That said, the concept of microfinance banks in Nigeria has not adequately achieved desired aims for several reasons such as inadequate supervision by CBN based on the large number of these banks, an attempt by operators to adopt spending and lifestyles similar to commercial banks, lack of focus on the target market and increasing cases of default especially in the face of the declining real income level occasioned by frail macro conditions.

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In our view, fostering sustainable economic development in any nation requires rural transformation and the empowerment of rural dwellers, hence, we believe there is a need to reposition microfinance banks to take on their task of alleviating poverty and aiding financial inclusion among the economically active poor. Accordingly, we believe the recapitalisation exercise which is aimed at strengthening the existing MFBs coupled with improved supervisory oversight will aid rapid and sustainable growth of the microfinance industry.

______________________________________________________________________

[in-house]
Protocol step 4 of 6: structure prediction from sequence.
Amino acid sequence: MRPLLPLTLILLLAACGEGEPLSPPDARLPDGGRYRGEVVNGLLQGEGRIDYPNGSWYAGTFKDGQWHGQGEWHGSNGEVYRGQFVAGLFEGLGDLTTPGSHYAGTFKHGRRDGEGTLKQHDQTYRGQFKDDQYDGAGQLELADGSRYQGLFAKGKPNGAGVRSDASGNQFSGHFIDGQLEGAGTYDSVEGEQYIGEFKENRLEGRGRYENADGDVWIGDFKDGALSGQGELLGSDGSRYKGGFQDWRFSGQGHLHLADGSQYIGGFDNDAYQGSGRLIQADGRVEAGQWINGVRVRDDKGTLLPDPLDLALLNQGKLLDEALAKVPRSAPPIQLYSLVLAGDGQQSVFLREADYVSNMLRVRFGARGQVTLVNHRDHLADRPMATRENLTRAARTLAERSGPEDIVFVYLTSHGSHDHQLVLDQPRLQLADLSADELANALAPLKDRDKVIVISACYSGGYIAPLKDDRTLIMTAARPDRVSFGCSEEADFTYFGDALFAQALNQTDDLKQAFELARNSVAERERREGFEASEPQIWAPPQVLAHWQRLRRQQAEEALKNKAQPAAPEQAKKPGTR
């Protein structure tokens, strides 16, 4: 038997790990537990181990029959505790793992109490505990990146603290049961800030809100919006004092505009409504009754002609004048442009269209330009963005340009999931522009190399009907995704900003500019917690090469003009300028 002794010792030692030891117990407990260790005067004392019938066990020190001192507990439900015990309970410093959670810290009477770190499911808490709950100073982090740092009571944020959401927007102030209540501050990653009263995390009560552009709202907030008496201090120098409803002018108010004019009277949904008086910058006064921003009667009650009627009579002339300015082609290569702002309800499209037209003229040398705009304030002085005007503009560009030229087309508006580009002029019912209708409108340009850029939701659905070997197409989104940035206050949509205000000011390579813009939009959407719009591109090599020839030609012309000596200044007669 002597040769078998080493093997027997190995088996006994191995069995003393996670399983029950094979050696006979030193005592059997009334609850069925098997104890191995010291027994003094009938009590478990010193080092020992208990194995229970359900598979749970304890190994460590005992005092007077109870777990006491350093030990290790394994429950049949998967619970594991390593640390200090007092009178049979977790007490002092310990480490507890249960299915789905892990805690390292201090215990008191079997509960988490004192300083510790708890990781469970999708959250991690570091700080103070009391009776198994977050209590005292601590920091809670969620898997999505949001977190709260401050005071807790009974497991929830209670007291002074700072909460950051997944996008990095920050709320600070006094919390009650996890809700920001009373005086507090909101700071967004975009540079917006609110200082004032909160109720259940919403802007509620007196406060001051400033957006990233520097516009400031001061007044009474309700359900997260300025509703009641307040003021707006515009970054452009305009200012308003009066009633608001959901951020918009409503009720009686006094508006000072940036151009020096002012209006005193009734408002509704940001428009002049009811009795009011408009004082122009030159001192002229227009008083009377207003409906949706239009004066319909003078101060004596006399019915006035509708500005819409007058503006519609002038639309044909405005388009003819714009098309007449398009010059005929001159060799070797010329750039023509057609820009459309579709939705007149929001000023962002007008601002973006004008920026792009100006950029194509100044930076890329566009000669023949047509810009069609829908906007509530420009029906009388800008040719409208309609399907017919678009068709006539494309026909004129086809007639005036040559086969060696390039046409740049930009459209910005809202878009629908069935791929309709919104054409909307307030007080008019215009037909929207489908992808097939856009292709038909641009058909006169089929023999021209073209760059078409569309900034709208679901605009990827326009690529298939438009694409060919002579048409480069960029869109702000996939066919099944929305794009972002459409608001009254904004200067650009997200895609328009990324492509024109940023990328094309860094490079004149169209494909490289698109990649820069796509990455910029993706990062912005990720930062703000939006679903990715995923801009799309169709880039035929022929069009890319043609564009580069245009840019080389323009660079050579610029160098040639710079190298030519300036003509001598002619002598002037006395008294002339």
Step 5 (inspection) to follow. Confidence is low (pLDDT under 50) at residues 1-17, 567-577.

CSL STOCKBROKERS LIMITED CSL Stockbrokers,

Member of the Nigerian Stock Exchange,

First City Plaza, 44 Marina,

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PO Box 9117,

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Lagos State,

NIGERIA.

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Nigerian women need over 50% representation in government by 2023

In Nigeria, there is still a need for Nigerian women to have up to 50% representation in government.

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Women are taking part in the governance and nation-building of their countries. In October 2019, the global participation rate of women at the national level was 24.5% compared to 8% in 2013 which is quite reassuring. However, in Nigeria, there is still a need for Nigerian women to have up to 50% representation in government.

The reason more women are needed in governance is that they have the expertise to aid in achieving a stronger and vibrant democracy. According to Mr Ban Ki-moon, the former Secretary-General of the United Nation, “When we empower women, we empower communities and nations and the entire human communities.”